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    Jing Daily’s China Luxury Brief: July 15, 2013

    China's GDP growth slowdown, an Apple safety scare, and retail growth reports are among today's top stories.

    Just new anti-Apple propaganda, or should we all be worried?

    Welcome to Jing Daily‘s China Luxury Brief: the day’s top news on the business of luxury and culture in China, all in one place. Check out today’s stories below:

    Market Trends

    The top news of the day is China's reported 7.5 percent GDP growth year-on-year in the second quarter. "#

    That puts the economy on track to hit the government’s 7.5% target for the year, a result that would still be down from 7.8% in 2012, and the lowest growth since 1990," according to Wall Street Journal.

    Policy

    Premier Li Keqiang really wants a Shanghai free-trade zone, but financial regulators aren't so supportive.#

    According to the South China Morning Post, anonymous sources have said Premier Li Keqiang "lost his temper" and "slammed his fist on the table in frustration" during a closed-door cabinet session where he faced intense opposition to his plan to open a free-trade zone in Shanghai.

    Tech

    Apple's in for another bad PR week in China.#

    The

    family of a 23-year-old woman from Xinjiang is alleging that their daughter was electrocuted from using her iPhone while it was charging. There's no word yet on whether or not both the charger and phone have been proven to be real Apple products, as fakes abound in China. Apple is now investigating. If they are real, and the product truly was at fault, then we all certainly have something to worry about.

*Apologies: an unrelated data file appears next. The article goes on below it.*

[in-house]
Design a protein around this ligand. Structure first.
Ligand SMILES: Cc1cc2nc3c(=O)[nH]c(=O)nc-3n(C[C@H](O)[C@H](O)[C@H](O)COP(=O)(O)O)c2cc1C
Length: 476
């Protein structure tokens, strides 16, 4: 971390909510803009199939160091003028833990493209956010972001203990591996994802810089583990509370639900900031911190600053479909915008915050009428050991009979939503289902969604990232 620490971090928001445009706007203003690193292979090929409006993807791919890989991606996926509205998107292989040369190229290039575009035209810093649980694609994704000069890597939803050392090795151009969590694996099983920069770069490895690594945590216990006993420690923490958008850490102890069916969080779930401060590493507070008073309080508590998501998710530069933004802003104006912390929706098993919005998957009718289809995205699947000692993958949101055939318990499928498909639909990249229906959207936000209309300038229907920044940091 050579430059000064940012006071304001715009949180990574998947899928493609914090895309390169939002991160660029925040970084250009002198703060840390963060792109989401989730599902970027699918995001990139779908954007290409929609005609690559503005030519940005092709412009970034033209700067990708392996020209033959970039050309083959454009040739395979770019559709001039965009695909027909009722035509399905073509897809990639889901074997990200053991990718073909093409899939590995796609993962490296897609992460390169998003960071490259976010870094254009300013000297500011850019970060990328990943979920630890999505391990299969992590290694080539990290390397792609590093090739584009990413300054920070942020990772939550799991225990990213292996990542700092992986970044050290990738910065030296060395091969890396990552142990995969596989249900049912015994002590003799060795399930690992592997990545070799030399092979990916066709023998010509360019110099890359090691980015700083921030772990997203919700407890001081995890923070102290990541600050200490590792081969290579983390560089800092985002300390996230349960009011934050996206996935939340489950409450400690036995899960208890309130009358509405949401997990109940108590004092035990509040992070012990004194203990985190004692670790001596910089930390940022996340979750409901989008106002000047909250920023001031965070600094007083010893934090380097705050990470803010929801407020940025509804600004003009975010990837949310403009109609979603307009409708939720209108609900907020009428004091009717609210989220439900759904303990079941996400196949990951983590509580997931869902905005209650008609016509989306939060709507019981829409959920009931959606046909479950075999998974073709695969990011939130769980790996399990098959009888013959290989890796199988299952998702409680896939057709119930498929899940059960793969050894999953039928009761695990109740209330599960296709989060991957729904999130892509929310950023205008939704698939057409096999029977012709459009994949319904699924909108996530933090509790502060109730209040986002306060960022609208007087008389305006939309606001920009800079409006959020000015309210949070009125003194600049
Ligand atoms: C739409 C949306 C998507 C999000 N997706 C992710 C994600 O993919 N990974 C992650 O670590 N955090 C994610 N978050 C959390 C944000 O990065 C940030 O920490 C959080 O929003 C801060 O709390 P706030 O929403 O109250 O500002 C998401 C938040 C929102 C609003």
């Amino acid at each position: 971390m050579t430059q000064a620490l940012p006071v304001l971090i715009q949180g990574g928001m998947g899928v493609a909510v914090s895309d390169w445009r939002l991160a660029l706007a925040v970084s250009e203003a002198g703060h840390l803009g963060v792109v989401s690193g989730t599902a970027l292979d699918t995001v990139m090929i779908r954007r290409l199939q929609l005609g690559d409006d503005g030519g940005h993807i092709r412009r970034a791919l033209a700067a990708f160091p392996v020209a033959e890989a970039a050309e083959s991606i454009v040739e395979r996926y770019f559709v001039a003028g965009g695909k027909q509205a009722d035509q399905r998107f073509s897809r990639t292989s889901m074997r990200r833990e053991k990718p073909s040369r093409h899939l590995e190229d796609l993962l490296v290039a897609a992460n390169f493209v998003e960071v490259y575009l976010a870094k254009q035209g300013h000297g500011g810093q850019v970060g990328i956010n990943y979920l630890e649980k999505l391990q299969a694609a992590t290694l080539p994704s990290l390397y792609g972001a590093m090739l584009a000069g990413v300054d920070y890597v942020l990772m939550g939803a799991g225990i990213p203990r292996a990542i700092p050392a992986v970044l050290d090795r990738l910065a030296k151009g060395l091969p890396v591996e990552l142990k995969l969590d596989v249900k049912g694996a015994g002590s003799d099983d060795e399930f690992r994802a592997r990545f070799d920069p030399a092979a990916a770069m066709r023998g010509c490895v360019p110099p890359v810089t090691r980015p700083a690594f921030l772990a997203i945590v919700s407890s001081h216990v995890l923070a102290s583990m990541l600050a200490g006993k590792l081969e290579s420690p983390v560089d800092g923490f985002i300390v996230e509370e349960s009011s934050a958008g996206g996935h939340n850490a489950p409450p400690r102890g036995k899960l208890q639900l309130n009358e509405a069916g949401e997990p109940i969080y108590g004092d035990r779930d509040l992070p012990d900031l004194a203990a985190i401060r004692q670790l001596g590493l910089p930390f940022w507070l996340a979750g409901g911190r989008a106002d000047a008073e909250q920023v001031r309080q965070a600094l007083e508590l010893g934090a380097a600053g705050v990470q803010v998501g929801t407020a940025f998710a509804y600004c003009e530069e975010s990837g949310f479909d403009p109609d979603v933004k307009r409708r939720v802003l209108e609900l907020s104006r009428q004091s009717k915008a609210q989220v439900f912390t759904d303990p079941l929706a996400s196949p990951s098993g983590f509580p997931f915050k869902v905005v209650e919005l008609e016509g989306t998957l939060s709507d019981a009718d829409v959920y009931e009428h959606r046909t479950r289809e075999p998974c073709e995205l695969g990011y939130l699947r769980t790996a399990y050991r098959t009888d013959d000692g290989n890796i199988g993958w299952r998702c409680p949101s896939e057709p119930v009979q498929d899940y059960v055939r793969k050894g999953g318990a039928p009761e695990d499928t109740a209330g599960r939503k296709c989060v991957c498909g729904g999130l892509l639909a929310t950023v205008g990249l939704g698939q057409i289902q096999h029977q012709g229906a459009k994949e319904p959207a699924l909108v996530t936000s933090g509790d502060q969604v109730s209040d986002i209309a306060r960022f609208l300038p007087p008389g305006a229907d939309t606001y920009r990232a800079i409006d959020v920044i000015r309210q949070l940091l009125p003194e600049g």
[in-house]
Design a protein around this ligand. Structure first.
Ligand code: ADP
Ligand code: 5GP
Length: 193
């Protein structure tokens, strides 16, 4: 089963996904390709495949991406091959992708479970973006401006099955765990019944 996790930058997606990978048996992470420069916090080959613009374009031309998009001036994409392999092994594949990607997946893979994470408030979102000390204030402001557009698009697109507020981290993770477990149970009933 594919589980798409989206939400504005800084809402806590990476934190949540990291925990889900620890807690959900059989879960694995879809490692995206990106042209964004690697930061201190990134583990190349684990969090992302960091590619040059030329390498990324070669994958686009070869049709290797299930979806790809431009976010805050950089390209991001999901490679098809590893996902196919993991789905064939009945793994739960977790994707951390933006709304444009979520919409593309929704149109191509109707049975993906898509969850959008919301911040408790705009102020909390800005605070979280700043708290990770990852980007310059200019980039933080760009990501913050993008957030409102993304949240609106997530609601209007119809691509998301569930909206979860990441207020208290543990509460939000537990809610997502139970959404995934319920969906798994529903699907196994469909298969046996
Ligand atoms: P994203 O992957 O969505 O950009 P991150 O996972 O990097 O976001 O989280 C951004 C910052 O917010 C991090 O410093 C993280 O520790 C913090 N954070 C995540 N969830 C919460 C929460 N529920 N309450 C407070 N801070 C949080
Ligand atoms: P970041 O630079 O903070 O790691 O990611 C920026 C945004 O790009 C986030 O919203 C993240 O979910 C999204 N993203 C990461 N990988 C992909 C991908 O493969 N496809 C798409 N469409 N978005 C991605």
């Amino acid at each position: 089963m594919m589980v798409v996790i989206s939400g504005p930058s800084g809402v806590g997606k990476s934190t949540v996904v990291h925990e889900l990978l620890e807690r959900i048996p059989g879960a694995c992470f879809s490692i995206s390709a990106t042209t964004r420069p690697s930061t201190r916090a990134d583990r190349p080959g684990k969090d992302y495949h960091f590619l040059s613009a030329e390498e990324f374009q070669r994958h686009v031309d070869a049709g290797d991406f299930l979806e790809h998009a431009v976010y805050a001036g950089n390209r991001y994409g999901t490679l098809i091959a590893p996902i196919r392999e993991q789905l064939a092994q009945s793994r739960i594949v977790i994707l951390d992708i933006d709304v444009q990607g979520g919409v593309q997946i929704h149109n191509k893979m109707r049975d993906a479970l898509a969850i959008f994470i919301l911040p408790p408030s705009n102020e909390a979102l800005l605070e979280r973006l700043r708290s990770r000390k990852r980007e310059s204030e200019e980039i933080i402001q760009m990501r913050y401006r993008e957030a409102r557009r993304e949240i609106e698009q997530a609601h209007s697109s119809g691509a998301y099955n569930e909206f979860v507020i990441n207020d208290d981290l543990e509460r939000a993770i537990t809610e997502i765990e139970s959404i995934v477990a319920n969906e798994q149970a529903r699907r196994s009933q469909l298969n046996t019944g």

Beauty

    L Capital Asia invests in Chinese beauty brand Marubi.#

    The LVMH-backed equity fund "admired Marubi’s steady growth in the “masstige” sector and had high hopes for the beauty company’s future prospects," according to managing partner Ravi Thakran.

    Auto

    Nanjing plans on adding 1,600 "luxury" cabs to road in preparation for the Asian Youth Games.#

    Those traveling in the cabs "can expect to pay about 20 percent more."

    Retail

    China's retail growth grew 12.7 percent in the first half of the year,#

    announced the National Bureau of Statistics.

    New K11 art mall doing well in Shanghai.#

    "Mainlanders are not tightening their purse strings. They are more concerned about the shopping environment and their own position," said Adrian Cheng Chi-kong, executive director of New World Development.

    In unsurprising news, Chinese comprise a main portion of foreign tourists driving New York City's shoe sales.#

    An "uptick" in visitors from China is expected to help sales even more, says Women's Wear Daily.

    Lane Crawford's decision to open a location in Beijing's Yintai Centre was "largely at the behest of a single cosseted customer,"#

    said the store's interior designer Glenn Pushelberg. According to him, "There’s a woman named Tiffany Chen, who is the second-highest-spending shopper at Lane Crawford, and she wanted a store in that location.”

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